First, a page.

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The wrong kind of stats

John Fennelly recently posted a bunch of stats over here and he prefaces the entire post with:

Here are some facts for you to digest….don’t read too much into them…..

I’m not going to trash Mr. Fennelly per se, but I’m going express my extreme distaste for the type of meaningless numbers presented not only in this post but so often in the sports media. These are stats that make you say “Huh, go figure”, take up all kinds of TV time in between commercials, millions watch and absorb them – but nevertheless they say NOTHING about the game to be analyzed at hand… in fact they only muddy the water.

Here’s an example… In the Tom Coughlin era, Fennelly says:

“The Giants are surprisingly 6-5 against the Cowboys: 3-3 in Dallas (including the 21-17 Divisional Playoff win in 2008); and 3-2 at the Meadowlands.  These numbers aren’t too bad considering this is a divisional rivalry, but if  you drill down further, you’ll find the Giants are only 2-5 vs Dallas when Tony Romo is at QB.  He’s starting Sunday night, by the way.”

So here we are supposed to be getting nervous and then there’s this nugget that shortly follows:

“…the Giants are 5-1 vs Dallas with Osi in the lineup.  As we all know, he’s back…..FYI Ware and Umenyiora were college teammates at Troy State…”

So we’re supposed to believe that the Giants have a winning AND losing record heading into Dallas Sunday. They have no shot to win because of Tony Romo, yet because Osi is going to be starting the Giants will most likely dominate. I HATE stats like this. And the sad part is these stats make their way onto certain pre-game shows and things get really off course, people lose focus and then everyone wonders how the Giants can win the NFC East when they were initially picked to finish last in the division.

Like past performances in the stock market, what happened in the past guarantees nothing for the future and depending on what stat you highlight, the information can certainly be misleading. The information I’m highlighting above is a perfect example — in the end it’s all a wash because it’s impossible to make heads or tails of any facet of either team using stats this way. There is no insight to the situation realative to the data points, no particular keys to the game are discussed, and so no intelligible information can possibly be gleaned without establishing that context. Questions brought to my mind when I see these numbers include:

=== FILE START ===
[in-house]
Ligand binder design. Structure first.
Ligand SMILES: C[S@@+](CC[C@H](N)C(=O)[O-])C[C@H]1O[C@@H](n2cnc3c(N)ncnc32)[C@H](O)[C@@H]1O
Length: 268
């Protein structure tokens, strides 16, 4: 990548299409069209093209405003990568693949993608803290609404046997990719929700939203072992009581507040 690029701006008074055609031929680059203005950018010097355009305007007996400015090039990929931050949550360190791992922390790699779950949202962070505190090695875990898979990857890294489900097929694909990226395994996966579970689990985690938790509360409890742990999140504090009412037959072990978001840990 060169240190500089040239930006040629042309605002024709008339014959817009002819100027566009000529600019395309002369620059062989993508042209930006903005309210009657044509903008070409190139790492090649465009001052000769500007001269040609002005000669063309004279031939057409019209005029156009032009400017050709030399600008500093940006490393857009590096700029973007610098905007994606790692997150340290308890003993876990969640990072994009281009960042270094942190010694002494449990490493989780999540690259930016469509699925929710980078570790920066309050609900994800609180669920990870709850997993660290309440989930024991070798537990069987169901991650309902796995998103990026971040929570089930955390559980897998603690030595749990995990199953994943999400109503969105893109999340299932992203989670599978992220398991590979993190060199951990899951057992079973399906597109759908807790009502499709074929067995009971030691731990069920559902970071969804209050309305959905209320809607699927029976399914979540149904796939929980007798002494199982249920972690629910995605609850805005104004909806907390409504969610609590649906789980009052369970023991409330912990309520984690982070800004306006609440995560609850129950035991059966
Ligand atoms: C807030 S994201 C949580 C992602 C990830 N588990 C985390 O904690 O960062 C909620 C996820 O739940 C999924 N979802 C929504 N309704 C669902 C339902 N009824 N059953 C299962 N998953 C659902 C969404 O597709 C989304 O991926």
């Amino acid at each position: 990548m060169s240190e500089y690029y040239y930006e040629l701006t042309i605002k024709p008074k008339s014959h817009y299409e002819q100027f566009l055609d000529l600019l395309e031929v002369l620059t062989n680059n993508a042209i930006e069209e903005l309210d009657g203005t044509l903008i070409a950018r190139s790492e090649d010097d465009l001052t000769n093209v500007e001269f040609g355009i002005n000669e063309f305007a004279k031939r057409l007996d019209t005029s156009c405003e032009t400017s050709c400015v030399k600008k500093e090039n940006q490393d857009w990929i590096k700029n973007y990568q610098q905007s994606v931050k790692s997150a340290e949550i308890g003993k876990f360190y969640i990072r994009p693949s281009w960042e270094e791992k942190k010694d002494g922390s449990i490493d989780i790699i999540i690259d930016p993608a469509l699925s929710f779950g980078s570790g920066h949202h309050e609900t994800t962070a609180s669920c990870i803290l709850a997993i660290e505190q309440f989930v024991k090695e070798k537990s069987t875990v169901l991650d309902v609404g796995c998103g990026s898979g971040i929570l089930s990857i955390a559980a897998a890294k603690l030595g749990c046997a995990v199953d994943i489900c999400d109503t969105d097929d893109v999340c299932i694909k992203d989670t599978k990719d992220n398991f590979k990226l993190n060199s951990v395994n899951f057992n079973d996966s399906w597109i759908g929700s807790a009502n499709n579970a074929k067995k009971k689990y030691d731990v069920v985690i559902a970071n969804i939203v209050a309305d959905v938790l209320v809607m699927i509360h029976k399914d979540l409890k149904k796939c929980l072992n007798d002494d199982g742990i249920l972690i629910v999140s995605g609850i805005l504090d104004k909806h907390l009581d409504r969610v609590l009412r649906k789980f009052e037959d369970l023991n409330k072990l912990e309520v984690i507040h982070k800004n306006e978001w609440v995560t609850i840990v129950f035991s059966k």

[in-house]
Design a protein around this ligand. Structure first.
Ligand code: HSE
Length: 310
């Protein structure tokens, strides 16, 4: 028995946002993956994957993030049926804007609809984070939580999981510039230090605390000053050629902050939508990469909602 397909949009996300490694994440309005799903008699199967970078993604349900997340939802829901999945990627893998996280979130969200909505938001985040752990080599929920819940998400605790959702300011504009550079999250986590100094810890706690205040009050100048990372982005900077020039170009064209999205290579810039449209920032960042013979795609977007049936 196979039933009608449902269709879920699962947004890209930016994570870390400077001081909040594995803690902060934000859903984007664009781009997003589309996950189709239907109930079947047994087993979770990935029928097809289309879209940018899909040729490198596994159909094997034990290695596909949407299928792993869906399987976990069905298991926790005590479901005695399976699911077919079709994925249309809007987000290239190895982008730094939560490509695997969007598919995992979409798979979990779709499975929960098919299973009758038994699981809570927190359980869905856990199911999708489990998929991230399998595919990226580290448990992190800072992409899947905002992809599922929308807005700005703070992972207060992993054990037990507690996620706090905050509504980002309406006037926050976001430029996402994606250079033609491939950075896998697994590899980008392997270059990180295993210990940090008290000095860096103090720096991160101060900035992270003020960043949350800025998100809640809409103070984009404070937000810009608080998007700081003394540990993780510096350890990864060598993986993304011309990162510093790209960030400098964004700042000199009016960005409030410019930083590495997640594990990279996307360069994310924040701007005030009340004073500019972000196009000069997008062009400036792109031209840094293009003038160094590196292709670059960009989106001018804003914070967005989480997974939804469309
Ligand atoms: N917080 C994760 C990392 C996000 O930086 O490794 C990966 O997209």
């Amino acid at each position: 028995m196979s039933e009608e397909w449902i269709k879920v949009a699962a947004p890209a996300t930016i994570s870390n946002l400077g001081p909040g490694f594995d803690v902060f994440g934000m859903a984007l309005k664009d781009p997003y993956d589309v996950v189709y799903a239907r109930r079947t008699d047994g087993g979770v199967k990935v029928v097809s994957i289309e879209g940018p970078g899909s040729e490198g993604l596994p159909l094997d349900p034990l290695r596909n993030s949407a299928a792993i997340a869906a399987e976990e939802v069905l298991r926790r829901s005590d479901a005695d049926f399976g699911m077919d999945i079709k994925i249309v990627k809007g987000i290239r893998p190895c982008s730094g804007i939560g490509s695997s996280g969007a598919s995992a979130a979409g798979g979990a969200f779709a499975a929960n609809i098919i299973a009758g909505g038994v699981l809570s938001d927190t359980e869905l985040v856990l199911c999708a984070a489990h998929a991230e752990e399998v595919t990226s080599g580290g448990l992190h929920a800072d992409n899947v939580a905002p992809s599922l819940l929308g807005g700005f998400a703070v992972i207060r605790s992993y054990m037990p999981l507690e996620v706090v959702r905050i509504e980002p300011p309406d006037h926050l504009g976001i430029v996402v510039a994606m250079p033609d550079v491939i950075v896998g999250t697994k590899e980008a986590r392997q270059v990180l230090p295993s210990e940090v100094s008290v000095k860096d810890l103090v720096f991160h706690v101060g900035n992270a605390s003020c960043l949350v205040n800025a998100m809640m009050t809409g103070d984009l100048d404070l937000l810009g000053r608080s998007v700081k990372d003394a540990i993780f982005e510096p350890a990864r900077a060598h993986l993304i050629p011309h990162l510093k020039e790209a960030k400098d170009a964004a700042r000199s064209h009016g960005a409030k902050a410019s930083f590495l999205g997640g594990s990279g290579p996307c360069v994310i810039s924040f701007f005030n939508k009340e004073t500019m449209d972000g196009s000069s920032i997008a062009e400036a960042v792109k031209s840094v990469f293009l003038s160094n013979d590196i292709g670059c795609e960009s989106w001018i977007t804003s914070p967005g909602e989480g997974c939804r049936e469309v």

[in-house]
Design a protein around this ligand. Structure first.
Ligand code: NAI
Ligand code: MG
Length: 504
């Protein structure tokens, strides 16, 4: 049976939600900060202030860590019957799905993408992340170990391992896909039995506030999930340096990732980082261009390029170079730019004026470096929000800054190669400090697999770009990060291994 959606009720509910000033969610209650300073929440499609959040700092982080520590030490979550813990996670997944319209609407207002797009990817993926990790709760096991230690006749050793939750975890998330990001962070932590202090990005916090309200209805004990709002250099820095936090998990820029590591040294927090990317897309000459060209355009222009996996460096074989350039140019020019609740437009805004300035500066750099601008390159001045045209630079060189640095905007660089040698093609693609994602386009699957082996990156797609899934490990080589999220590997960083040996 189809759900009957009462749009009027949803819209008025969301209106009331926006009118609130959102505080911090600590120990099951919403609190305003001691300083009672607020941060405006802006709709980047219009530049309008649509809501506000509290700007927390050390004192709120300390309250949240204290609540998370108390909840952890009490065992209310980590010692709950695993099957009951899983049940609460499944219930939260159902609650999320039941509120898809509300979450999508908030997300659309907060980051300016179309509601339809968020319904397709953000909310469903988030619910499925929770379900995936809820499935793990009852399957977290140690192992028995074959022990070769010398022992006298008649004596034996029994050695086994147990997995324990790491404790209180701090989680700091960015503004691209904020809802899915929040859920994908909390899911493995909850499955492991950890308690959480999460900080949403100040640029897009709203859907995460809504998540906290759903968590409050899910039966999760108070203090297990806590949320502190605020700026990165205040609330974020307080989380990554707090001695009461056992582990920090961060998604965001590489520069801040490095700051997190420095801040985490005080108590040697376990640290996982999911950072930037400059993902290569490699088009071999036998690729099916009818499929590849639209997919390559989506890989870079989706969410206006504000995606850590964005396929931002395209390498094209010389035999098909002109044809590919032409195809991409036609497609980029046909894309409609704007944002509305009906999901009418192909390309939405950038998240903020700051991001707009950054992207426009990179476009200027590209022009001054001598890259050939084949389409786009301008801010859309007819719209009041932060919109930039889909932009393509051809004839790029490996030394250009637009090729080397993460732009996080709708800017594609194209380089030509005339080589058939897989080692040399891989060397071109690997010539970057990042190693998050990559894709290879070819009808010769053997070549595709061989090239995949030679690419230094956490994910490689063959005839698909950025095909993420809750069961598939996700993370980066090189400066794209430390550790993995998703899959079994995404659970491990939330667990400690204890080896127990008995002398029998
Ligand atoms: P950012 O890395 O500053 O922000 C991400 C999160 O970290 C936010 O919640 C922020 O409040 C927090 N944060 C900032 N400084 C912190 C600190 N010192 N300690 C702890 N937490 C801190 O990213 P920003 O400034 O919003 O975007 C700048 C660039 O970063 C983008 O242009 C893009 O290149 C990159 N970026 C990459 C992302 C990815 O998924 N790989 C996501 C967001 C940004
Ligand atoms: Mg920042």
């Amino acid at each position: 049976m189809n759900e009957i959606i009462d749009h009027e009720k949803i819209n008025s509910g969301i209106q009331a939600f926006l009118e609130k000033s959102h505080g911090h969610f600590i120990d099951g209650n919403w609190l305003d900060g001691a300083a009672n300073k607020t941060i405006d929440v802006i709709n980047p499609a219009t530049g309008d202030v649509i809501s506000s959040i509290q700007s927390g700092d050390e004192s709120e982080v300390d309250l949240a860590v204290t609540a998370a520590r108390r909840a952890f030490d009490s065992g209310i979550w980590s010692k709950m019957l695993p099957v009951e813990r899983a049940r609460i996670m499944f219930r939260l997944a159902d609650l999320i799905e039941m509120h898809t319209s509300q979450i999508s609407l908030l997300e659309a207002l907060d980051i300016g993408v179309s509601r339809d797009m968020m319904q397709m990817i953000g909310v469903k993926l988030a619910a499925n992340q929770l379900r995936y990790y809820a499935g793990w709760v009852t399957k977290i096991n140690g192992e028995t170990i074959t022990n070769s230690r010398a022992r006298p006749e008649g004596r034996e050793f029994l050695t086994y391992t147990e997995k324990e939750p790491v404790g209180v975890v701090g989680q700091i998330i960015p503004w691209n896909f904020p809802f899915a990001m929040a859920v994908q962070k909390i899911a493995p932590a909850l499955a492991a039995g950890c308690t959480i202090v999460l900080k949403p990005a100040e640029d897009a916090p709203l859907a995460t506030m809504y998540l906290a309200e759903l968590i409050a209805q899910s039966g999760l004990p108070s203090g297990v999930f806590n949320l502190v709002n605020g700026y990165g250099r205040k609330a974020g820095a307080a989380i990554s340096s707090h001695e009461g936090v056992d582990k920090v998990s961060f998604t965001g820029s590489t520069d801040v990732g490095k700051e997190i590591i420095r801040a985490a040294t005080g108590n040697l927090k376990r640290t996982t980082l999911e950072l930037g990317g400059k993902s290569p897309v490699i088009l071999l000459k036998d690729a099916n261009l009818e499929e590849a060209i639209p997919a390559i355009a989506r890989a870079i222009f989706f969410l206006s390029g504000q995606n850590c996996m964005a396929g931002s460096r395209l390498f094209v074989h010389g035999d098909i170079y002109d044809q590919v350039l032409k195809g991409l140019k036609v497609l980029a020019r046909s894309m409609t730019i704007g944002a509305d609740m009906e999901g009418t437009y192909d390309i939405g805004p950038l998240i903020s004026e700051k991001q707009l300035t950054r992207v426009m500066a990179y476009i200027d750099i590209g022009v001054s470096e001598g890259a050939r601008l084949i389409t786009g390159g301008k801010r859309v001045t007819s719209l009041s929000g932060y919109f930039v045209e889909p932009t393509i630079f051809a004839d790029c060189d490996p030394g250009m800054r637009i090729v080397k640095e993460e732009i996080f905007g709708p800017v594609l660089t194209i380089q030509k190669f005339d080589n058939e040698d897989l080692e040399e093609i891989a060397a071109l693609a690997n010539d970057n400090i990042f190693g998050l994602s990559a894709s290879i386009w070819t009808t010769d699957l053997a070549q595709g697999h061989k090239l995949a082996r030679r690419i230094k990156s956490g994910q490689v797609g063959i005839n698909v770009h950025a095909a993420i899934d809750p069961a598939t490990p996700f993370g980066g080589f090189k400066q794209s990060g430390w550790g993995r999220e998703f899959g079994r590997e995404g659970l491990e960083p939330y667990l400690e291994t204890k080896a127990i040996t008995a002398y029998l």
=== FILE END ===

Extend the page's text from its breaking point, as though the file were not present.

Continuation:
• Who was injured during those games that made a difference?
  • What time of year were they playing and who stood to gain the most?
  • What are some of the defining characteristics for each of these games that made a difference?
  • And most importantly, let’s discuss where the Giants and Cowboys are right now comparatively!

Stats are stats, you can prove and disprove anything with them and they do not take into account intangibles that are so important…. Tony Romo’s ankle may act up on Sunday and his passer rating plummets, Osi might blow his knee out (god forbid), the point is you don’t know what is going to happen that will make or break the game. It should go without saying that particulars for each game MATTER. But I still see so many of these meaningless stats used to determine the outcome of a game without accounting for the intangibles that make team sports so thrilling to follow. The law of probability and the randomness of “any given sunday” work together in that sense alone – the synergy of the quantitative and qualitative provide for an exciting game, and hopefully a thrilling outcome.

Analyze where the Giants are NOW and illustrate some keys to the upcoming game… like we did here:

Giants Roundtable Week 2: Dallas Cowboys

Otherwise the numbers are basically meaningless.

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2 Responses to “The wrong kind of stats”

  1. Andrew…you must learn to relax….these are things I put out there that I don’t think many people know….there are pros and cons to everything…..are these facts/stats meaningless? Most of them, but its my job to let the unknown be known….rgds

  2. andrew ilnicki says:

    I know John, with all due respect that comes across because you prefaced the post, much appreciated for the candidness there.

    My problem with stats is the larger issue I’m making about being able to prove or disprove anything with them. It all comes out in the wash… the exercise is thus empty. I like the debate and the insightful discussion, not the numbers that strip out context.

    best regards


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